Job titles, acronymns and the corporate python

So we’re having a meeting the other day and my friend was a little upset. 

He’d just been promoted in the bank to become the Director of Digital Payments, Innovation and Strategy.  We all noted that he was now the lead for DPIS and congratulated him for taking DPIS.  For some reason he took offence. 

It might have been because he was reporting to two people he had little respect for: the Senior Head of Innovation Technologies and the Chief of Re-engineering Augmented Processes, both of whom were playing a role in the new matrix structure.

I could understand this, but it’s not nearly as bad as the offence my female counterparty took to being made Veep of Asian Growth.

It almost reminded me of the day when I was promoted to be Head of Professional Services, or PS Head as my business card displayed.  Similar to the fact that when I left that role I accidentally became the Senior President of Vice when I should have been the Senior Vice President.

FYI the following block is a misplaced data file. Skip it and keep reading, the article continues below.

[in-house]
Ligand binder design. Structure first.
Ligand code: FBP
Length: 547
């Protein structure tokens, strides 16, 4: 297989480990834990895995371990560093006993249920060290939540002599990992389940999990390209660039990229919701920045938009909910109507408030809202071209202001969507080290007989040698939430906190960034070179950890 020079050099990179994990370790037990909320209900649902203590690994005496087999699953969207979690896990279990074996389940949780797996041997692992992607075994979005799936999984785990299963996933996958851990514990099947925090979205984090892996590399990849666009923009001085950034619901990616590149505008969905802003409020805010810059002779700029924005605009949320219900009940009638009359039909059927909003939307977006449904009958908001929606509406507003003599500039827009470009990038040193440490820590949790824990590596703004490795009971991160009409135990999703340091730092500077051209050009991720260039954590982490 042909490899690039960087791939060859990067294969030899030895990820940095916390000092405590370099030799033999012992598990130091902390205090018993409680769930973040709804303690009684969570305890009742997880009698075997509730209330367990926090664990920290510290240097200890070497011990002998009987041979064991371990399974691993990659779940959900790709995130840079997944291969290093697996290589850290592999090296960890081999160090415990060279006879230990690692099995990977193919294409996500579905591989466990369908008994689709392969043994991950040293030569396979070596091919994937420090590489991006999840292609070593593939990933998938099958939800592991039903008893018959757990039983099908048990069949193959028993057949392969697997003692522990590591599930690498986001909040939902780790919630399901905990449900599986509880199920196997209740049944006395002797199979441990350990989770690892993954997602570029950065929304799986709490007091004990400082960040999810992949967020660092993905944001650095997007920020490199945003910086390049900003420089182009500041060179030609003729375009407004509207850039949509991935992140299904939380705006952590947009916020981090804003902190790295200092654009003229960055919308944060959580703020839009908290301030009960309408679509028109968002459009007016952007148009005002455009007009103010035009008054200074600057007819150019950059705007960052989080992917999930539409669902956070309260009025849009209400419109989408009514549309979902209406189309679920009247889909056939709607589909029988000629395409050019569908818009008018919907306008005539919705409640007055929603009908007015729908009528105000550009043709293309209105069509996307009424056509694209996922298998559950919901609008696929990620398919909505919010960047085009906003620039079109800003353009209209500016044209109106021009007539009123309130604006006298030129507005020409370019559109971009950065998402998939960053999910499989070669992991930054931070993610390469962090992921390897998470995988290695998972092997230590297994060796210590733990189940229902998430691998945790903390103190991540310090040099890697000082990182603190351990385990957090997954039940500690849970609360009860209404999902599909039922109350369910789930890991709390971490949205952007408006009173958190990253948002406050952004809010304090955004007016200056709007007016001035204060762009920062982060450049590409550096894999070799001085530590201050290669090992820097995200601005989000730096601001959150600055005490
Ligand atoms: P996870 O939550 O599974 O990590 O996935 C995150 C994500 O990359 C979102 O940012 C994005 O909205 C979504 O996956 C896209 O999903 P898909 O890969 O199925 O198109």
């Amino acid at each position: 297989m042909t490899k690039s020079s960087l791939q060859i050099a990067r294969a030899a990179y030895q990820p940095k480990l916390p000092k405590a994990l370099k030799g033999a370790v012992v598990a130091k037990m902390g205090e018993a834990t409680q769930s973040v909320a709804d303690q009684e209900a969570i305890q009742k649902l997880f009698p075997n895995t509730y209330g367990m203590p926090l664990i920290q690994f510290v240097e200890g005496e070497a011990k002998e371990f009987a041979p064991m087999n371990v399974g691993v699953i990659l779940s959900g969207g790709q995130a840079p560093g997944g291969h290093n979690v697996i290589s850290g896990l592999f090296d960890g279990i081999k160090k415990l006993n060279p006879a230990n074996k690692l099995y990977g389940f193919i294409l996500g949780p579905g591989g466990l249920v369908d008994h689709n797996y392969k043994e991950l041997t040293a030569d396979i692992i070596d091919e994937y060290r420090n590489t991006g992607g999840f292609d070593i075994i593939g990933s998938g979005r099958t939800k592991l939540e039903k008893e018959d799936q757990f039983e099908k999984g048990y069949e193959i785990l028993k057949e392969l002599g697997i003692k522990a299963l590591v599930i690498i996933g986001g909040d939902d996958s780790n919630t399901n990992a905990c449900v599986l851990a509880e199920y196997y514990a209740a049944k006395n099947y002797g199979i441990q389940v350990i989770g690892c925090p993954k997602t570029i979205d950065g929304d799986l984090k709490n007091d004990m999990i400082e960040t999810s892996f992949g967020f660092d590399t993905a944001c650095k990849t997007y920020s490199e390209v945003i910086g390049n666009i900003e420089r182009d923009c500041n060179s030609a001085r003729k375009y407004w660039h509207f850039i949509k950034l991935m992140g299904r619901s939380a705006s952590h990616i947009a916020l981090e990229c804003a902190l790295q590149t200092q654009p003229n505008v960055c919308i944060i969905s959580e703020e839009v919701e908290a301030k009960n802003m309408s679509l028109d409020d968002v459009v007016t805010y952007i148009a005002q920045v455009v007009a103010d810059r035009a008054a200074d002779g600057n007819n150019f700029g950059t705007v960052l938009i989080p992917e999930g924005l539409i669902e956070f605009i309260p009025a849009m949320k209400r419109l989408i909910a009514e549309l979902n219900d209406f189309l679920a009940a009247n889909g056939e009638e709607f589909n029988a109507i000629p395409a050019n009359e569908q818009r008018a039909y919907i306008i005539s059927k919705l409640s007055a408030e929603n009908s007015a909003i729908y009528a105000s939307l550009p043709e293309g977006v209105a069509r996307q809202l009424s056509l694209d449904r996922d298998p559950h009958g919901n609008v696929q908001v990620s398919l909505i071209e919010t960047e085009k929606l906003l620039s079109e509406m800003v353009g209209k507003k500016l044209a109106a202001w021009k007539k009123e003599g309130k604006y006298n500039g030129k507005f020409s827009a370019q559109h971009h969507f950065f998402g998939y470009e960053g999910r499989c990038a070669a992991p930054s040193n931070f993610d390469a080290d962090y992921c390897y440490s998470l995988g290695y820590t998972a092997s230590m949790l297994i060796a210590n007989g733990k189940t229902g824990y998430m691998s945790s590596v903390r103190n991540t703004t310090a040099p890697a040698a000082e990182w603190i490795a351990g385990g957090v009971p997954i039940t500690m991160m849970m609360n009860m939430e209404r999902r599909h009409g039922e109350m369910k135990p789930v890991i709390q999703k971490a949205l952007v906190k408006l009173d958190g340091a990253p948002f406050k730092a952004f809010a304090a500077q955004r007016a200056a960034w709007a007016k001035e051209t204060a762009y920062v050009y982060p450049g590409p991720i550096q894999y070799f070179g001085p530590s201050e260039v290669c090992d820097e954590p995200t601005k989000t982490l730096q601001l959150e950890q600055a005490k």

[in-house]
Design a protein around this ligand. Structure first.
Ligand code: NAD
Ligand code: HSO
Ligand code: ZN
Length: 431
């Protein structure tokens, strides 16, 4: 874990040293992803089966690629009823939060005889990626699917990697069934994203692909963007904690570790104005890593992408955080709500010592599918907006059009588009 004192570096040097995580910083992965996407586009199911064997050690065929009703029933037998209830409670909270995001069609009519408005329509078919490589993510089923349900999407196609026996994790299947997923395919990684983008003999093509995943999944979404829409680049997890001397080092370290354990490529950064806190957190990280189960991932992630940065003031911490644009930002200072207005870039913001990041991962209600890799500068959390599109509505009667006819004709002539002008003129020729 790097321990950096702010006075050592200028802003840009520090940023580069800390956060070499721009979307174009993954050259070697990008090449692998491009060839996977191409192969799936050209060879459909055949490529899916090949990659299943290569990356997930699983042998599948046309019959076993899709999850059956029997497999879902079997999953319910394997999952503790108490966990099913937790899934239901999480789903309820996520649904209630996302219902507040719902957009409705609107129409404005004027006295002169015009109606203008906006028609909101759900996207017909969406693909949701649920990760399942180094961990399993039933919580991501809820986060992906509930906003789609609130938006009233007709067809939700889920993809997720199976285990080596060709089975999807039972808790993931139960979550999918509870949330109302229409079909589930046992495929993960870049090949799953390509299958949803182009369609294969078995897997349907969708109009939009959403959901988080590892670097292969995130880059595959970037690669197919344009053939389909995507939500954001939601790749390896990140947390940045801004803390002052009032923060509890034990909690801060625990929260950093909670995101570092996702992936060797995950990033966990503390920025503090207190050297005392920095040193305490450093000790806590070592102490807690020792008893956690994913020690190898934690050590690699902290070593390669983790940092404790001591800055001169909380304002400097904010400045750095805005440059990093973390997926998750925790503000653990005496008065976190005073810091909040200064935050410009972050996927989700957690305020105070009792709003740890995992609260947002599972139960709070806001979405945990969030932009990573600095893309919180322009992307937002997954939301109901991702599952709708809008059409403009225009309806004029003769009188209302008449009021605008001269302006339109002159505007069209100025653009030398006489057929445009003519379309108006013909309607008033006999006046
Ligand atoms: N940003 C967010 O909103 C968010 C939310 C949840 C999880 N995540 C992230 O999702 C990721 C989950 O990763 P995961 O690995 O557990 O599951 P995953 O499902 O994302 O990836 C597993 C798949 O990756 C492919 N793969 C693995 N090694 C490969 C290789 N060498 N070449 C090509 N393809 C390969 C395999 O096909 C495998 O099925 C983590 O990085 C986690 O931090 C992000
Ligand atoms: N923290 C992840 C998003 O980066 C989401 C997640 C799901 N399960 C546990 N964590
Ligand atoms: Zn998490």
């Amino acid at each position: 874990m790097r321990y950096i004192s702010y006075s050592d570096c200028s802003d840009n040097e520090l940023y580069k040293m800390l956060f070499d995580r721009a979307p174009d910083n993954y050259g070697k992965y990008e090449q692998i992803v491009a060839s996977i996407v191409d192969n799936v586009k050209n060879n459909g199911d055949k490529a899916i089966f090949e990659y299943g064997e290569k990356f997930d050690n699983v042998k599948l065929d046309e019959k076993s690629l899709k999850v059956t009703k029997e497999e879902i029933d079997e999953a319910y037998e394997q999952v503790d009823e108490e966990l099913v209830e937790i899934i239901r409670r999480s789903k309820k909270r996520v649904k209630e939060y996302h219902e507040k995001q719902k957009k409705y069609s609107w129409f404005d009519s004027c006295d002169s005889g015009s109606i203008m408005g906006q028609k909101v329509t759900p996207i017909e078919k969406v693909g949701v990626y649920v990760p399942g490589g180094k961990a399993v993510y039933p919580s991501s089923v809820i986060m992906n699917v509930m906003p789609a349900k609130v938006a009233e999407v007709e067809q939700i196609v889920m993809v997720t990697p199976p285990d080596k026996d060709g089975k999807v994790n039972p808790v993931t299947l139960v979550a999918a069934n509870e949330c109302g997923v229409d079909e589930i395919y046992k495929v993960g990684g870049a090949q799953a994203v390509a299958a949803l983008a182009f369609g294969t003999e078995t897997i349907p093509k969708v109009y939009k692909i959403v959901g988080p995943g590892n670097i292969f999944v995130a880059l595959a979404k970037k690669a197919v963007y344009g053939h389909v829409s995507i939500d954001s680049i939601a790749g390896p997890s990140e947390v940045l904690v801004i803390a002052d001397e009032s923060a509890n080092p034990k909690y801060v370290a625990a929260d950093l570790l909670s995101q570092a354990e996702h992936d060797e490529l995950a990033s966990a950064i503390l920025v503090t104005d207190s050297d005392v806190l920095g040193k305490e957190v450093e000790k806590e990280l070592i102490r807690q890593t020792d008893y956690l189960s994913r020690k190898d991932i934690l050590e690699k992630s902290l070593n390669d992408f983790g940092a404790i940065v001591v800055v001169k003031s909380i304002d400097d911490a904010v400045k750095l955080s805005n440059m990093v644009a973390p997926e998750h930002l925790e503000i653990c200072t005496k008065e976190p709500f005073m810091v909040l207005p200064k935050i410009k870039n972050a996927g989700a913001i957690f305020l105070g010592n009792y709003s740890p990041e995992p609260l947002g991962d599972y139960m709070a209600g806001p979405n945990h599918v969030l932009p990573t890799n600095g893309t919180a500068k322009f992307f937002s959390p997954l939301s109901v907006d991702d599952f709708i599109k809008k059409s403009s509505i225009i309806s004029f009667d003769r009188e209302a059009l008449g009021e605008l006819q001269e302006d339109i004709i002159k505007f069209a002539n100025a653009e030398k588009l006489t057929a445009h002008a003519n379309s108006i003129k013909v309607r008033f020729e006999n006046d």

This led to all sorts of confusion and name calling, as more and more roles became notable within the organisation.  For example, as PS Head, I created a couple of key team roles. The first was for a Third-party Workers and Alliances Team leader and the second a Data and Innovation Centre Knowledge Head.   For some reason, neither role got many applicants.

I complained about this to my colleague involved in Asia Growth, but she was too concerned about reporting to the Master of Intelligent Networking Growth Experiences.  I empathised, and explained that my new boss was the Associate Senior Strategist for Human Organisational Experiences, a newly created role within HR that seemed to have on point in life apart from annoying folks like me.

We all then agreed that the whole thing should be given to the Business Intelligence Network to try to see if was worthwhile.


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